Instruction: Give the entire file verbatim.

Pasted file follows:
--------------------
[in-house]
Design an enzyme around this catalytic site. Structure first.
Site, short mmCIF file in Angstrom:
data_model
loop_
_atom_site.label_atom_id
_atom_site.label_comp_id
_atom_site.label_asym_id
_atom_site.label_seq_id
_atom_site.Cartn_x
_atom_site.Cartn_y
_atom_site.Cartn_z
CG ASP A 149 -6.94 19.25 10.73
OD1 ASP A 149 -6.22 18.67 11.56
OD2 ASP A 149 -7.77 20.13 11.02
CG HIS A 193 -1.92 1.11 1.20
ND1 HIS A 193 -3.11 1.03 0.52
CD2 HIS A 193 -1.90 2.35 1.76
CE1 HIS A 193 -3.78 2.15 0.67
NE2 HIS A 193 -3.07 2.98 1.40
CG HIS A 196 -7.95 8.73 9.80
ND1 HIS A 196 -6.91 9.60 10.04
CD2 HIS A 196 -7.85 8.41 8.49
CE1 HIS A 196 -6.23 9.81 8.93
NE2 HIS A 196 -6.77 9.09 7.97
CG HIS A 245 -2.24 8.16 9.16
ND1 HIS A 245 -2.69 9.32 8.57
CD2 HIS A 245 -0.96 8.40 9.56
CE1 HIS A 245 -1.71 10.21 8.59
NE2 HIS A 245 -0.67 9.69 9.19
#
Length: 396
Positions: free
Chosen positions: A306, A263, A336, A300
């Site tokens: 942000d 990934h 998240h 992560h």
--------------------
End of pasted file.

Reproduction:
[in-house]
Design an enzyme around this catalytic site. Structure first.
Site, short mmCIF file in Angstrom:
data_model
loop_
_atom_site.label_atom_id
_atom_site.label_comp_id
_atom_site.label_asym_id
_atom_site.label_seq_id
_atom_site.Cartn_x
_atom_site.Cartn_y
_atom_site.Cartn_z
CG ASP A 149 -6.94 19.25 10.73
OD1 ASP A 149 -6.22 18.67 11.56
OD2 ASP A 149 -7.77 20.13 11.02
CG HIS A 193 -1.92 1.11 1.20
ND1 HIS A 193 -3.11 1.03 0.52
CD2 HIS A 193 -1.90 2.35 1.76
CE1 HIS A 193 -3.78 2.15 0.67
NE2 HIS A 193 -3.07 2.98 1.40
CG HIS A 196 -7.95 8.73 9.80
ND1 HIS A 196 -6.91 9.60 10.04
CD2 HIS A 196 -7.85 8.41 8.49
CE1 HIS A 196 -6.23 9.81 8.93
NE2 HIS A 196 -6.77 9.09 7.97
CG HIS A 245 -2.24 8.16 9.16
ND1 HIS A 245 -2.69 9.32 8.57
CD2 HIS A 245 -0.96 8.40 9.56
CE1 HIS A 245 -1.71 10.21 8.59
NE2 HIS A 245 -0.67 9.69 9.19
#
Length: 396
Positions: free
Chosen positions: A306, A263, A336, A300
């Site tokens: 942000d 990934h 998240h 992560h």